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Strengthening cybersecurity with log forensic analysis

Any system connected to the Internet is vulnerable to malicious attacks and breaches. Nowadays, everyone from fortune 500 companies to the small mom-and-pop shops is a target. To protect your most valuable assets, you need bulletproof security measures, a skilled Security team, robust investigation tools, and reliable prevention/mitigation strategies. Forensic analysis is one of those highly reliable approaches to enforce a strong cybersecurity posture, and it becomes more scientific when coupled with security best practices and a centralized log management solution with alerting like Graylog Enterprise.

When you need to track a potentially threatening anomaly to its root cause in real time, the first step is start parsing your logs.

Events and logs represent a precious resource during your forensic analysis efforts. They are the first place you should want to drill into when looking for the cause of your issues or detecting a potential vulnerability. Log analysis provides your investigators with the much-needed knowledge of your system status, your network’s landscape, and they always are a starting point for any root cause investigation.


To better understand what forensic analysis is, think about how a crime investigation is conducted in CSI. Starting from crime scene analysts down to detectives and coroners, everyone involved in the forensic process collects and analyzes evidence that is used to reconstruct the events surrounding the crime. In a nutshell, each bit of information represents a data point that helps the analysts with a better overview of the series of events that caused the breach.

The purpose of digital forensic models is to understand what happened before, during, and after the hack. Instead of looking for the bullets around a dead body, cybersecurity experts investigate the cybercrime scene to spot digital evidence. In defining how a cyberattack was carried out, the digital forensic investigator understands where the attack originated, the method used to breach your defenses, and the weak spots in the security perimeter. The purpose is to understand how the malicious actor got access to the network, which vulnerabilities have been exploited, the extent of damage that has been caused, and if there’s still some lingering code left behind.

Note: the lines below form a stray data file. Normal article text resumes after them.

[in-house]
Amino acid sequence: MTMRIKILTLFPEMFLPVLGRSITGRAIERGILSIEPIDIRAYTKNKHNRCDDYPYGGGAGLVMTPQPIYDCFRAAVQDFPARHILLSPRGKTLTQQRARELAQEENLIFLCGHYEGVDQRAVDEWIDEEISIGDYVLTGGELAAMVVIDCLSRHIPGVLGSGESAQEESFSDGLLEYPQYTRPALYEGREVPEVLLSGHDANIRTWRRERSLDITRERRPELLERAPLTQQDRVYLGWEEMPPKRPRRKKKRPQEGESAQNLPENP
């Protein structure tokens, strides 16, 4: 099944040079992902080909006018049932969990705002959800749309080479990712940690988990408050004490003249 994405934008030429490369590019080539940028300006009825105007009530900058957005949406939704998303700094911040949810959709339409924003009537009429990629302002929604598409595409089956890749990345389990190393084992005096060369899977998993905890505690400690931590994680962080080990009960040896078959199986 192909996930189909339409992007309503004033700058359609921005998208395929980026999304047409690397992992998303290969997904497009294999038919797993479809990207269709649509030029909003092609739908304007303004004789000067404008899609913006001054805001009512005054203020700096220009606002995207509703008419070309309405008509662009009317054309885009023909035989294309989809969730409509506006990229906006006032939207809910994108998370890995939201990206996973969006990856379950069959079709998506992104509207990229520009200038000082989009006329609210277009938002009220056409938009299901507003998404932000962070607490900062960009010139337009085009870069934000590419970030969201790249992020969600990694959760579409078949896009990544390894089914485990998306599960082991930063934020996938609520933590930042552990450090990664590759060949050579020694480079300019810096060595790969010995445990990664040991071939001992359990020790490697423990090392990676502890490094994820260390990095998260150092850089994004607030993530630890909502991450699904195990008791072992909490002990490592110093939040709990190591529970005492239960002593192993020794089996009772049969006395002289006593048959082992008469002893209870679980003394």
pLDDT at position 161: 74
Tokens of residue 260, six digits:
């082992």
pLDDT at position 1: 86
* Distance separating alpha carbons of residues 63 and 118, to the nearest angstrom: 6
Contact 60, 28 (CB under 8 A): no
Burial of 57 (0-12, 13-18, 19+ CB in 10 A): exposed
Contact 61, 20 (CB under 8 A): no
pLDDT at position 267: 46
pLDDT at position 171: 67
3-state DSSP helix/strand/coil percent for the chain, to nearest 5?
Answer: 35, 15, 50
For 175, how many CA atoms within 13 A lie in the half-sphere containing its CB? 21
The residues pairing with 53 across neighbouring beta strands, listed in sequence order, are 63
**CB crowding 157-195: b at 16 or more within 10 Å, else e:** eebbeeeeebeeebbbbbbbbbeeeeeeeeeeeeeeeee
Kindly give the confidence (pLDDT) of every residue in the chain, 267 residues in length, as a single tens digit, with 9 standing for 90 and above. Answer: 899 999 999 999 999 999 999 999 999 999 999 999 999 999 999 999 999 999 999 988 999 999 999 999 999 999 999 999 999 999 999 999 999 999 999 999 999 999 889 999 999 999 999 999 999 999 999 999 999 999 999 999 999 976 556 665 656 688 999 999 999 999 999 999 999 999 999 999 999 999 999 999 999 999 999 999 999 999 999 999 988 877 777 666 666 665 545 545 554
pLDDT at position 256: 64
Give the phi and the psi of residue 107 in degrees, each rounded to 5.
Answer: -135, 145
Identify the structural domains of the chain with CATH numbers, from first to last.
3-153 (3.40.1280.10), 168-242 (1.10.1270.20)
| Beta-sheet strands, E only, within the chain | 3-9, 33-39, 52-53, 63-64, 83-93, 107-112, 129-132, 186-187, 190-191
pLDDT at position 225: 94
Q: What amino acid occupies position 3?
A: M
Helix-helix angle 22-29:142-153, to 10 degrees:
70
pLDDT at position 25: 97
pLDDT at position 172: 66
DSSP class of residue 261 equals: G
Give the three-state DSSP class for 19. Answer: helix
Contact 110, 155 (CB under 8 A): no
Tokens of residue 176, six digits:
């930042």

To improve your cybersecurity and mitigate threats with log forensic analysis, you need to examine the evidence and search for relevant information about the attack, the damage it caused, and the malicious actor’s access points. Logs are the repository of this evidence, as well as the basic resource you will use to fuel your security information and event management (SIEM) solutions later on. All the event information that is collected from logs must be parsed and analyzed to be integrated into the SIEM and SOAR solutions, and prevent bad stuff from occurring once again.

Graylog’s centralize log management solution can process petabytes of structured machine data daily. After you have been amassing a large volume of logs, you really want to get to the high value alerts quickly to see what is happening in your environment. Graylog Enterprise makes this easy with the Correlation Engine. The Correlation Engine takes these high value events and alerts, and stores them in Elasticsearch, allowing for further filtering, aggregation or compound correlation rules, allowing you to build a very powerful alert from your data, which supports a proactive defense strategy.


When analyzing an incident, you must take care not to destroy or alter your evidence. Just like the police, no one should touch anything in the crime scene. Here are some best practices you want to follow to collect the right logs at the right time:

• Always collect the logs before formatting or even just rebooting the system.

• Do not carry out any system-wide activity such as installing a new tool on the infected machine before the forensic analysis is carried out.

• Windows Operating System logs: Save the application, security, and system logs from the event viewer.

• Linux Operating System logs: save boot.log, auth.log, kern.log, message, utmp, and wtmp from the /var/log/ directory.

• Save the antivirus logs in case of a malware attack

• If you’re dealing with an unauthorized access, collect all app server logs, application logs, web server logs, database logs, firewall logs, switch or router logs, and any other logs where an authorization was present.

• In case of a network hack, collect logs of all the other devices found in the route of the hacked one. ISP router logs are also useful.


Mitigating threats requires a multi-layer cybersecurity approach that starts with watertight prevention strategies, and ends with robust digital forensic models. A security breach requires the fastest and most comprehensive resolution possible. Graylog offers the most flexible and comprehensive approach to detecting, responding, and hunting immediate security breaches fast. As cyberattacks will likely strike your enterprise at some point, drawing information from event logs will be instrumental in your cybersecurity strategy to mitigate them as well as reestablish your system to its normal operation.

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